Bruce Wolosoff only has to take a few steps from the piano where he spends much of his time to a wall of windows overlooking the waves lapping the edge of Silver Beach where his home is perched. When he’s composing, he said, “I get a huge amount of inspiration from nature.
The fruits of this inspiration were recognized recently, when a cello concerto he composed was recorded by cellist Sara Sant’Ambrogio and the London Philharmonic Orchestra and the recording climbed to the Top 10 in Billboard Magazine’s classical music chart.
The home he shares with his wife, artist Margaret Garrett, and their daughters, was the first house built in Silver Beach, and survived the 1938 hurricane. They moved to the Island from the city about 20 years ago to give their daughters, Juliet and Katya, a healthful place to grow up.
“I looked at what was called a playground at city schools,” he said. “A playground? It was dirt.”
As commanding as the water view is, the interior of the house is an architectural composition of their eclectic interests, from books to art to music. On a recent morning, Mr. Wolosoff was surrounded by a panoply of drums and other musical instruments, which Thanksgiving guests had taken up in a fun jam session. Holding up what looked like a big kazoo with a keyboard, he declared it to be his new favorite instrument.
Both daughters have followed in their parents’ creative footsteps, honing their talents in music, visual and literary arts.
The family thrives in the Island environment, Mr. Wolosoff said. “The people I’ve found in Shelter Island are the most interesting I’ve ever met.”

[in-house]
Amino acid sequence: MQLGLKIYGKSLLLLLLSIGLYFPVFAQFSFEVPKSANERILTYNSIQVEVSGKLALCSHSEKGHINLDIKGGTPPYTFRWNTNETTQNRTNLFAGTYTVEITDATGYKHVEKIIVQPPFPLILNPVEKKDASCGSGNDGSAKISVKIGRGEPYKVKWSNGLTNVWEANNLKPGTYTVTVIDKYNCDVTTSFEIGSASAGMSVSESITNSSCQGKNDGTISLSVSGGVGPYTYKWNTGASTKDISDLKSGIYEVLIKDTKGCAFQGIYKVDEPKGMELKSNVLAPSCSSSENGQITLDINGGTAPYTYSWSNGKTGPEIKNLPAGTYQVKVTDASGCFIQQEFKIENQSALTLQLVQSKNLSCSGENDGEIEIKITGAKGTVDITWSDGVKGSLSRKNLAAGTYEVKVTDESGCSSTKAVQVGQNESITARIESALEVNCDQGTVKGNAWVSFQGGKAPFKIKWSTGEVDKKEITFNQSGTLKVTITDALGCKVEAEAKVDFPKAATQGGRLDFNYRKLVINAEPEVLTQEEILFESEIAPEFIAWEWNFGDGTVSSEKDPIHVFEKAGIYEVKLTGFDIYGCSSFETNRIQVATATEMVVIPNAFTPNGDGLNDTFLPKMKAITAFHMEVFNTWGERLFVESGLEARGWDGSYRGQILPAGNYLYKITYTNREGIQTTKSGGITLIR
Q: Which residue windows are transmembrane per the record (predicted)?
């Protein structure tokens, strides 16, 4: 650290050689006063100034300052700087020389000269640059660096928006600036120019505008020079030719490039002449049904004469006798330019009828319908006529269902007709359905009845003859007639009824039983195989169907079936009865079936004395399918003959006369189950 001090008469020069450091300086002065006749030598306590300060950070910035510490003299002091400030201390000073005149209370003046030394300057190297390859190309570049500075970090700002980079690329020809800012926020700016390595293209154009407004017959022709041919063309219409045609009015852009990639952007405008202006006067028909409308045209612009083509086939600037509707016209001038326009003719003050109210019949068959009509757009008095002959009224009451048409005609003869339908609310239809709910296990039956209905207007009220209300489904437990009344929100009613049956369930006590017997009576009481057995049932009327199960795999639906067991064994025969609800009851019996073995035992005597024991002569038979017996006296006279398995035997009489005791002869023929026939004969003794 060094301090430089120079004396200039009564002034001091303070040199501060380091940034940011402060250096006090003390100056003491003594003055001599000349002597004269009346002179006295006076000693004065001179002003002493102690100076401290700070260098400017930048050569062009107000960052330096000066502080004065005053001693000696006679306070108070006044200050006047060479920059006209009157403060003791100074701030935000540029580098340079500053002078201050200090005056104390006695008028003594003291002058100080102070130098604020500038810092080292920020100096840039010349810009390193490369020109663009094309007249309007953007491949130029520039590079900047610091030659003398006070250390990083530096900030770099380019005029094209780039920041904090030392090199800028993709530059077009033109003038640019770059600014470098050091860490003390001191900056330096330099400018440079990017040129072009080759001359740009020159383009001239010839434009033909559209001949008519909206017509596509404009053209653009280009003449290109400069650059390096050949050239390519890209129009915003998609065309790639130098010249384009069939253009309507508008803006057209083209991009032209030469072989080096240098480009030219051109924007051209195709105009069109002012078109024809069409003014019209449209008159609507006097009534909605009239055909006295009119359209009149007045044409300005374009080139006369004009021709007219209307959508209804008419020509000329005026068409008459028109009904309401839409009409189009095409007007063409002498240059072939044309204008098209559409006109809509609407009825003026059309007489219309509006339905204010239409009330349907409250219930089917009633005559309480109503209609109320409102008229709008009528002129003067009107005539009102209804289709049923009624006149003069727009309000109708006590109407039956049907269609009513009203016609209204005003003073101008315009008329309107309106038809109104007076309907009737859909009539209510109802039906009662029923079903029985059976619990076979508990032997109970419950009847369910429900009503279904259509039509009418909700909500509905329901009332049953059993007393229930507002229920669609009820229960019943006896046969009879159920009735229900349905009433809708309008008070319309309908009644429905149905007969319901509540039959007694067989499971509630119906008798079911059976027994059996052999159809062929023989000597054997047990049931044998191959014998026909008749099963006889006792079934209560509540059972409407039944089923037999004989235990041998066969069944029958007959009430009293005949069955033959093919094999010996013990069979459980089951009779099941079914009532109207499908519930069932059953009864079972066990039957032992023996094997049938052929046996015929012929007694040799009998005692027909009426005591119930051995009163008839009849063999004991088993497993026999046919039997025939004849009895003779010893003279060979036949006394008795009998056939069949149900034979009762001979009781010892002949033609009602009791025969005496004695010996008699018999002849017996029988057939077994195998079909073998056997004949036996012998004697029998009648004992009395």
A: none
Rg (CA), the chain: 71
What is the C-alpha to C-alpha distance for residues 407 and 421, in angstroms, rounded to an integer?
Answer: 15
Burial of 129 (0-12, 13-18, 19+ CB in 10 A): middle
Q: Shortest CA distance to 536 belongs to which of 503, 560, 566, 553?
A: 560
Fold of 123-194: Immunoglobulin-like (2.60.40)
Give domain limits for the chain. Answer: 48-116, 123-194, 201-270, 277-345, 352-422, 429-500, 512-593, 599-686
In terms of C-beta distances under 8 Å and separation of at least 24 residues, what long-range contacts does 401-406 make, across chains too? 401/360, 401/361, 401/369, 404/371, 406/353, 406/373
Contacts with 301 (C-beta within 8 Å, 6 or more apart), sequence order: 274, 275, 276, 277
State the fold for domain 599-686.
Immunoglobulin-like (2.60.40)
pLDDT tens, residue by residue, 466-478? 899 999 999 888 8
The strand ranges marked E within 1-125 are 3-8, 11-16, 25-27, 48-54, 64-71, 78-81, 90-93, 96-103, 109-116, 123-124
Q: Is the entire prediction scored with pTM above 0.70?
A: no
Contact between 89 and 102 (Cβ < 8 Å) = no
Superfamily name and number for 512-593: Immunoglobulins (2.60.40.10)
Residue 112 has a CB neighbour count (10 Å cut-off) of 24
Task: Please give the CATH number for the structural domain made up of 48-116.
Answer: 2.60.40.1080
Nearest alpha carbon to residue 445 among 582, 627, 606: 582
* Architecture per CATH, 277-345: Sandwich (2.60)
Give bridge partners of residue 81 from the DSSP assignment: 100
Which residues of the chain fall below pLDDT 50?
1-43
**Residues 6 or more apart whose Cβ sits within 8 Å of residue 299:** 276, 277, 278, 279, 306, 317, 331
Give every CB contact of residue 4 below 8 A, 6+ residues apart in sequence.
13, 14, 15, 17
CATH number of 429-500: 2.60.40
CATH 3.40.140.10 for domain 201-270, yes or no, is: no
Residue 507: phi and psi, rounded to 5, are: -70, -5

Growing up in the 1960s in the New York area, he felt the influence of rock music. “The early British rock masters were handing back our American blues,” he said. Another early influence on his music was rocker Frank Zappa. “He was a huge advocate of modern classical music,” Mr. Wolosoff said. He came to appreciate groundbreaking modern composers like Igor Stravinsky and ultimately developed what he called a “deep, deep love of jazz.”
Mr. Wolosoff’s wife also pursues her art at home. Next to their house is a studio they built where she creates her abstract paintings and prints. One of her works, over their fireplace, suggests a dancing figure; she was a dancer herself before turning to painting.
As a child, Mr. Wolosoff begged for piano lessons when his older sister had them, but the piano teacher said his hands were too small. He was two years old. One year later, he was allowed to begin. He wasn’t a prodigy, he said, but became more and more serious about music in his teen years: “It was constant, from morning to night.”
He attended Bard College to conform to his parents’ hopes that he might pursue law or a field more lucrative than music. “When I had a chance to perform at Carnegie Recital Hall and got a standing ovation, my stepfather said to my mother, ‘Do you still want him to be a tax attorney?’”
He laughed and said she stuck to that position, at least at that point. Later, he would attend the New England Conservatory of Music for graduate work, where he met a pianist named Jaki Byard. “He changed my life,” Mr. Wolosoff said. “He was unquestionably the best musician I’ve ever known.”
Mr. Byard was a noted, versatile musician who composed and played with many leading bands before beginning to teach at the Conservatory. “He showed me a lot about improvisation,” Mr. Wolosoff said, “how to use all the elements. And improvisation leads to composition.”
Asked to describe his process when composing, he said, “I listen for something. I empty my mind. That’s how it begins. What happens next is an act of will. I put myself in that open place. Then, it’s an act of reception.” Once he’s written a composition down, he said he’ll go through it “a million times, refining, making a laundry list when I find something wrong, even if I don’t know what it is at first.”
The new cello concerto took six months from the first draft. “Neil Simon said, ‘Once you write it down, let it sit,’” he said. Once he got the piano score down, he began to orchestrate the music for the various instruments. It had to be finished six weeks before the session when the Royal Philharmonic recorded it — with no rehearsal. At that session, he made a last couple of tweaks — a cornet rest here, less violin there — and then was done, surrendering his creation to the orchestra to bring his music to life.